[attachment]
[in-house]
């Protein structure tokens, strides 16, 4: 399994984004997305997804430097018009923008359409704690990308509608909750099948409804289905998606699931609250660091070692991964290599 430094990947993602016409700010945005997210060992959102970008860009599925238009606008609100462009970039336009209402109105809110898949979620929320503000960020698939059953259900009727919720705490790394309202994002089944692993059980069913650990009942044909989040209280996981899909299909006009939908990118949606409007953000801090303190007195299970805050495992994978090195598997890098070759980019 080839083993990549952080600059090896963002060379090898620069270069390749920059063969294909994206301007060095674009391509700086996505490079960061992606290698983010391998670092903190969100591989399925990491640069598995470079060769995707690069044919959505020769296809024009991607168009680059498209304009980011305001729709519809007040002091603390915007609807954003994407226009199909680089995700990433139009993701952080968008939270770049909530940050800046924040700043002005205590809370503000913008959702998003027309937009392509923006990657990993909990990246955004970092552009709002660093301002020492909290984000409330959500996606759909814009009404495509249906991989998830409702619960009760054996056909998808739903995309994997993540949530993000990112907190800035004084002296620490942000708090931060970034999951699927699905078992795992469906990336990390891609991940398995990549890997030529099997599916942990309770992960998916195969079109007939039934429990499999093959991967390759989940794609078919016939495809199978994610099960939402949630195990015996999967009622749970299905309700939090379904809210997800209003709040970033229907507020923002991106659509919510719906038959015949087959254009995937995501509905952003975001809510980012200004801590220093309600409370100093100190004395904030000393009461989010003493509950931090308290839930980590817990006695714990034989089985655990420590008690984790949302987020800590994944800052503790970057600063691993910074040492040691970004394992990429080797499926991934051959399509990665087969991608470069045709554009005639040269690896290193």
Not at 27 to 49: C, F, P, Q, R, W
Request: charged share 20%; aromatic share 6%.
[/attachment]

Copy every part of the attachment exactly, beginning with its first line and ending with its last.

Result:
[in-house]
């Protein structure tokens, strides 16, 4: 399994984004997305997804430097018009923008359409704690990308509608909750099948409804289905998606699931609250660091070692991964290599 430094990947993602016409700010945005997210060992959102970008860009599925238009606008609100462009970039336009209402109105809110898949979620929320503000960020698939059953259900009727919720705490790394309202994002089944692993059980069913650990009942044909989040209280996981899909299909006009939908990118949606409007953000801090303190007195299970805050495992994978090195598997890098070759980019 080839083993990549952080600059090896963002060379090898620069270069390749920059063969294909994206301007060095674009391509700086996505490079960061992606290698983010391998670092903190969100591989399925990491640069598995470079060769995707690069044919959505020769296809024009991607168009680059498209304009980011305001729709519809007040002091603390915007609807954003994407226009199909680089995700990433139009993701952080968008939270770049909530940050800046924040700043002005205590809370503000913008959702998003027309937009392509923006990657990993909990990246955004970092552009709002660093301002020492909290984000409330959500996606759909814009009404495509249906991989998830409702619960009760054996056909998808739903995309994997993540949530993000990112907190800035004084002296620490942000708090931060970034999951699927699905078992795992469906990336990390891609991940398995990549890997030529099997599916942990309770992960998916195969079109007939039934429990499999093959991967390759989940794609078919016939495809199978994610099960939402949630195990015996999967009622749970299905309700939090379904809210997800209003709040970033229907507020923002991106659509919510719906038959015949087959254009995937995501509905952003975001809510980012200004801590220093309600409370100093100190004395904030000393009461989010003493509950931090308290839930980590817990006695714990034989089985655990420590008690984790949302987020800590994944800052503790970057600063691993910074040492040691970004394992990429080797499926991934051959399509990665087969991608470069045709554009005639040269690896290193």
Not at 27 to 49: C, F, P, Q, R, W
Request: charged share 20%; aromatic share 6%.